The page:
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Potential Roadblocks for Beneficiaries Attempting to Exercise Their Rights

 Posted on July 27, 2016 in Estate Planning

Lombard estate planning lawyerWhen a friend or family member chooses you as a beneficiary in his or her will or any of their estate planning documents, they did so with the strong conviction that you are trustworthy and capable of acting on behalf of their best interests. Much thought and care likely went into their decision, and whether you were aware of their choice or not, the moment they pass away or entrust you with a valuable asset, you automatically take on the responsibility of carrying out their wishes.

Potential Complications

In many cases, exercising your rights as a beneficiary is a smooth process. You may work easily with an executor, attorney, or family member, without experiencing a single hiccup along the way. Sadly, though, issues can arise under certain circumstances as you attempt to exercise your rights, spawning a number of frustrations not only for you but for anyone else involved in the process.

Some common challenges you might encounter as a beneficiary include:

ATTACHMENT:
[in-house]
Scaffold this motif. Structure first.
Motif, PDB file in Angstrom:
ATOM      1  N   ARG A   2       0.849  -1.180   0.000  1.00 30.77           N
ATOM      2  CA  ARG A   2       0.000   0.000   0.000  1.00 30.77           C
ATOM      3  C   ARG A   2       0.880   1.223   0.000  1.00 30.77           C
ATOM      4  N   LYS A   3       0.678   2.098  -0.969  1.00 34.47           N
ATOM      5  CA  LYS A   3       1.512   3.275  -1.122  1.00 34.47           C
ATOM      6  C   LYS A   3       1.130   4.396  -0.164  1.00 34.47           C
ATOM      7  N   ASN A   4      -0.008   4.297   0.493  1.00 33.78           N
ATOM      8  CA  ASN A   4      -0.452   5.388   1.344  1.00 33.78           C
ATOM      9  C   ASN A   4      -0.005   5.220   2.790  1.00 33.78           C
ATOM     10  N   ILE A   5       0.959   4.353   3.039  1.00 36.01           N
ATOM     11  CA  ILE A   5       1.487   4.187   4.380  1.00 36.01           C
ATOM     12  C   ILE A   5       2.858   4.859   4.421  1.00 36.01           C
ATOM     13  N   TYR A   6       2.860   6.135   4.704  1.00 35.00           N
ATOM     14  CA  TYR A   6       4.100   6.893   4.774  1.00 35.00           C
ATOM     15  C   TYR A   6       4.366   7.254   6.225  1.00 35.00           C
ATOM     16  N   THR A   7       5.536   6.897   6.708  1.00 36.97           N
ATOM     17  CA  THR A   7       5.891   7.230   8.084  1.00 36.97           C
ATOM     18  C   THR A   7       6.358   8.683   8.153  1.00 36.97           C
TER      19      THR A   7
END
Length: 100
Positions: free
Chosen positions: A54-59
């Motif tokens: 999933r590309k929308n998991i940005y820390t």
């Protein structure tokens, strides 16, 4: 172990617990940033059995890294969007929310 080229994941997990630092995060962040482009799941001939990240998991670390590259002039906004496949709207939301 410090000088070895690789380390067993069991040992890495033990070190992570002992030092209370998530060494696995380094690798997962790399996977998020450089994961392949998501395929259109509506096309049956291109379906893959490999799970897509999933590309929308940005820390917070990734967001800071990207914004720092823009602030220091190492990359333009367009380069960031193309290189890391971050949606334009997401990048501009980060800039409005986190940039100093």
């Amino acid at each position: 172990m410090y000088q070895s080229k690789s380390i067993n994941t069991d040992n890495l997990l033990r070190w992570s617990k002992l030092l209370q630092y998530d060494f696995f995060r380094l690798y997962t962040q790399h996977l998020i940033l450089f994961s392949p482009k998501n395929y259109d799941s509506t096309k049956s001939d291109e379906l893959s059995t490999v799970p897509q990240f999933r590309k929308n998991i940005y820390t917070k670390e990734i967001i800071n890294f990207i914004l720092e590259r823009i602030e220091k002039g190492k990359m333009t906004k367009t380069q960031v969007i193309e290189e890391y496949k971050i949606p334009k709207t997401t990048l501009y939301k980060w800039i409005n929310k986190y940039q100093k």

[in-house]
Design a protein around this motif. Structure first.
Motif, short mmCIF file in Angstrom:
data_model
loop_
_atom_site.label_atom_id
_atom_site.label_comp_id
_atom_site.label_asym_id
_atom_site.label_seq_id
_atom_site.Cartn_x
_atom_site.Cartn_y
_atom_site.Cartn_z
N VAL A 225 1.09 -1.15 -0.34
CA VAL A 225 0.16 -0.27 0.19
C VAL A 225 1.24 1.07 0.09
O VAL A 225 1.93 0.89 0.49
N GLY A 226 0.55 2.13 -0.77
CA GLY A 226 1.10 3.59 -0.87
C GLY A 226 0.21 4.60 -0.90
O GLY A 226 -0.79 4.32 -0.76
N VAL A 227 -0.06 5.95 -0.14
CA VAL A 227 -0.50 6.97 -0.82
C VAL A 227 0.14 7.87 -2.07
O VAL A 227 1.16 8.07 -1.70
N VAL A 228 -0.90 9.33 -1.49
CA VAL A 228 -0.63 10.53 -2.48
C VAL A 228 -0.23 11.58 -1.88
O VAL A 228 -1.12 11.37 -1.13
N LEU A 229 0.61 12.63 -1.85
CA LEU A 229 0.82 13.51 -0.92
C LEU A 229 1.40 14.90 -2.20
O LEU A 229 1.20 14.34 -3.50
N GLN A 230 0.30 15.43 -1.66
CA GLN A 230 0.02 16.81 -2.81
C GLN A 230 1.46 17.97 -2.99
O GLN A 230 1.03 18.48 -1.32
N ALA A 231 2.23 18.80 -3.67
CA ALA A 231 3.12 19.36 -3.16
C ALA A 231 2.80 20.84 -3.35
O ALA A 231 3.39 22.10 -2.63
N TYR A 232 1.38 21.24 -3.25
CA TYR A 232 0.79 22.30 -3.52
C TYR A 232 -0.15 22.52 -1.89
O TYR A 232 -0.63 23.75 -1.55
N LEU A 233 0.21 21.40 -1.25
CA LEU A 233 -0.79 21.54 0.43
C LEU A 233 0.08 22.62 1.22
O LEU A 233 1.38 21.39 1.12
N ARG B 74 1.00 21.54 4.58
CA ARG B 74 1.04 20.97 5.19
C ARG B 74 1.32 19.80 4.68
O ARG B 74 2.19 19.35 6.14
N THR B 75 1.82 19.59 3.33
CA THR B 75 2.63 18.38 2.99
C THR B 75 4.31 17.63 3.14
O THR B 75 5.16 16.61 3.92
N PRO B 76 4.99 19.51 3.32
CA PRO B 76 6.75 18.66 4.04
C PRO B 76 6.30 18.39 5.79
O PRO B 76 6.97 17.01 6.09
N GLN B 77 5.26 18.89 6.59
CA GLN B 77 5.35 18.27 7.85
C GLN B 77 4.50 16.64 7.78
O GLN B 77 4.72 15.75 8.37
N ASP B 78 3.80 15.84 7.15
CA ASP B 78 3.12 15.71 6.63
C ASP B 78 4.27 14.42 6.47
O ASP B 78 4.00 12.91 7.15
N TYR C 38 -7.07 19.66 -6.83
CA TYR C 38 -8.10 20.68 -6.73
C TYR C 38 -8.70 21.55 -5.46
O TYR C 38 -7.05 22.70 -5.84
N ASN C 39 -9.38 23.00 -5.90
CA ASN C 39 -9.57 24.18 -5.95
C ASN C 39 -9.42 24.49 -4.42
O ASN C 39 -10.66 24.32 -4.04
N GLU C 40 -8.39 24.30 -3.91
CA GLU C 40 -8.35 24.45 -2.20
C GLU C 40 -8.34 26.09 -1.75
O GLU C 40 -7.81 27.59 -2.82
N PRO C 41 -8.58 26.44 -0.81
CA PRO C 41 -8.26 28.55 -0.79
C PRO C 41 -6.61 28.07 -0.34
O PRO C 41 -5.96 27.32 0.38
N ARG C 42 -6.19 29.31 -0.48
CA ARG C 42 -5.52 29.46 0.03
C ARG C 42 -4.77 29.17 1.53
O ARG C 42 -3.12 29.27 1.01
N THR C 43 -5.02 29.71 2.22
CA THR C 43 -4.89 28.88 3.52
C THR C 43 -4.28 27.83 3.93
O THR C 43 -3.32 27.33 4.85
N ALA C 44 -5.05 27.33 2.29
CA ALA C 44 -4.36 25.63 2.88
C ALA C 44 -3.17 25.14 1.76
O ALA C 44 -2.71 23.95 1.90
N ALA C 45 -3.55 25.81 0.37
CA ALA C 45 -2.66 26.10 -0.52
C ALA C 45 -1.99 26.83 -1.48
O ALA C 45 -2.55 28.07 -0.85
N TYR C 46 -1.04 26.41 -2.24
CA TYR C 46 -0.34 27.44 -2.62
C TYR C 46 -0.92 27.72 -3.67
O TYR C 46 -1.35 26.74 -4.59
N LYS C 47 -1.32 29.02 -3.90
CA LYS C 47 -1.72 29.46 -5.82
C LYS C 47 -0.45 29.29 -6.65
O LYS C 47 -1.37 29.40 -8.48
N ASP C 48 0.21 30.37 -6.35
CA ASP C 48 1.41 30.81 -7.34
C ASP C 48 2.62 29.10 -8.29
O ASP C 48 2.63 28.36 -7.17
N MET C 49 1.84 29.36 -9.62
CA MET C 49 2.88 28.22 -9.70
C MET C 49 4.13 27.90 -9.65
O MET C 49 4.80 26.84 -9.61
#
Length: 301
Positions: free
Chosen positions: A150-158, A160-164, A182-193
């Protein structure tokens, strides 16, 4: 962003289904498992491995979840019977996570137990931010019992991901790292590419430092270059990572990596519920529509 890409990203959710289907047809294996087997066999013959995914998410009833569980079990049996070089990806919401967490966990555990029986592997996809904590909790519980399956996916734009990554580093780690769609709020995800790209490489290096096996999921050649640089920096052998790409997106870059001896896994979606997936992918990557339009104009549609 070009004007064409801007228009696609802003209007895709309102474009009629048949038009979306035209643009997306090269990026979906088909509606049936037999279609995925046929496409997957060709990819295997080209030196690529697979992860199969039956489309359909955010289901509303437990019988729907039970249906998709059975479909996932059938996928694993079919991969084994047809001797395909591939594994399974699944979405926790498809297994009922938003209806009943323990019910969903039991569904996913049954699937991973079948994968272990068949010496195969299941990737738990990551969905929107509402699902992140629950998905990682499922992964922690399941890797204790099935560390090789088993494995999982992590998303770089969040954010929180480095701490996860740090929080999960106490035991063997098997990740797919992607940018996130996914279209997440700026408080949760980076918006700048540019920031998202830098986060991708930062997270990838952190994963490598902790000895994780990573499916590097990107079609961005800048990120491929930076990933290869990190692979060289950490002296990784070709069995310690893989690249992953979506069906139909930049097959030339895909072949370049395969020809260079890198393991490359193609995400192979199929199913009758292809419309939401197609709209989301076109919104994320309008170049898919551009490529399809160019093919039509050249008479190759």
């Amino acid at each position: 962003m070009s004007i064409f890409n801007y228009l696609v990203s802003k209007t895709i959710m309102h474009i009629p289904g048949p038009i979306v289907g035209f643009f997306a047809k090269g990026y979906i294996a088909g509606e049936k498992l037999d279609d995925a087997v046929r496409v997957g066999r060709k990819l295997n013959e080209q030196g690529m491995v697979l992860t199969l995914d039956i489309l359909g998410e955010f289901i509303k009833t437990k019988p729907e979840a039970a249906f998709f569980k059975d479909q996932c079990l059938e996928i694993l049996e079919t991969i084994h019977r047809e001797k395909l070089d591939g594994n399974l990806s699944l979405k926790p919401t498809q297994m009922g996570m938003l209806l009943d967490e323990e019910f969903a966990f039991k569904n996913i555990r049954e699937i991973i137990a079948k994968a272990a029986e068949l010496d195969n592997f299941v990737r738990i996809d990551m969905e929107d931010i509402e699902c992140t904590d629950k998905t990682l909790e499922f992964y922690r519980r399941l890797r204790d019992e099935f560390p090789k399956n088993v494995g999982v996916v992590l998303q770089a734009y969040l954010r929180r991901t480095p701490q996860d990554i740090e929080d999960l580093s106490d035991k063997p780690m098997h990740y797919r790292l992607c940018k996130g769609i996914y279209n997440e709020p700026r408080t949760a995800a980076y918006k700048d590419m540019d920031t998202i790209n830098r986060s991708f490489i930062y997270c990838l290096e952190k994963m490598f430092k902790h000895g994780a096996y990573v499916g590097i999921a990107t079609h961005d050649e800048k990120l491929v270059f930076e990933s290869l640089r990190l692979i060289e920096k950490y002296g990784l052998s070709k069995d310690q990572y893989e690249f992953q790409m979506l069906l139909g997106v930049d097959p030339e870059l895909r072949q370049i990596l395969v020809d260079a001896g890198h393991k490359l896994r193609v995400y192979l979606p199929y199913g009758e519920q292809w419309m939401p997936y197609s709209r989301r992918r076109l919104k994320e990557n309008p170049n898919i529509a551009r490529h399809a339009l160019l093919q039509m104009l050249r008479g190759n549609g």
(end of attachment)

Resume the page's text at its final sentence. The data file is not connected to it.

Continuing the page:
• Dealing with an unreliable executor - With estate administration, it is not uncommon to come across this issue. Unfortunately, some estate executors are not very reliable when it comes time to handle the estate business. The executor may not be fully prepared for such responsibility or may choose to act on behalf of their best interests, not the decedent's, taking advantage of the situation from various angles;
  • Conflict among friends and family of the deceased - Even if someone chose you as a beneficiary in a specific document, it is not unheard of for those chosen as beneficiaries to experience objections from other friends or family members of the deceased person. Emotions can be high and tension can be strong, causing all sorts of disagreements between parties. It is important to know your rights and exactly where you stand as a beneficiary under these circumstances, especially if you want to diffuse conflict and ensure the process runs smoothly; and
  • Questionable document changes - Some beneficiaries discover changes in a will or estate document of which they were unaware, such as an alteration to the distribution of property and to whom it is to be given. For example, the decedent may have initially promised you an inheritance of some sort, but after their passing, you discover the acknowledgment or instruction for such inheritance is no longer dictated in the estate document. Some beneficiaries also face the unpleasant task of contesting a will if they believe the document was compromised in some way.

There are multiple instances where you may be forced to question the validity of a will or estate planning document. Facing this sort of issue is never simple, but you do not have to tackle the challenge alone. Speak with an experienced DuPage County estate planning attorney today. Call A. Traub & Associates at 630-426-0196 for a confidential consultation.



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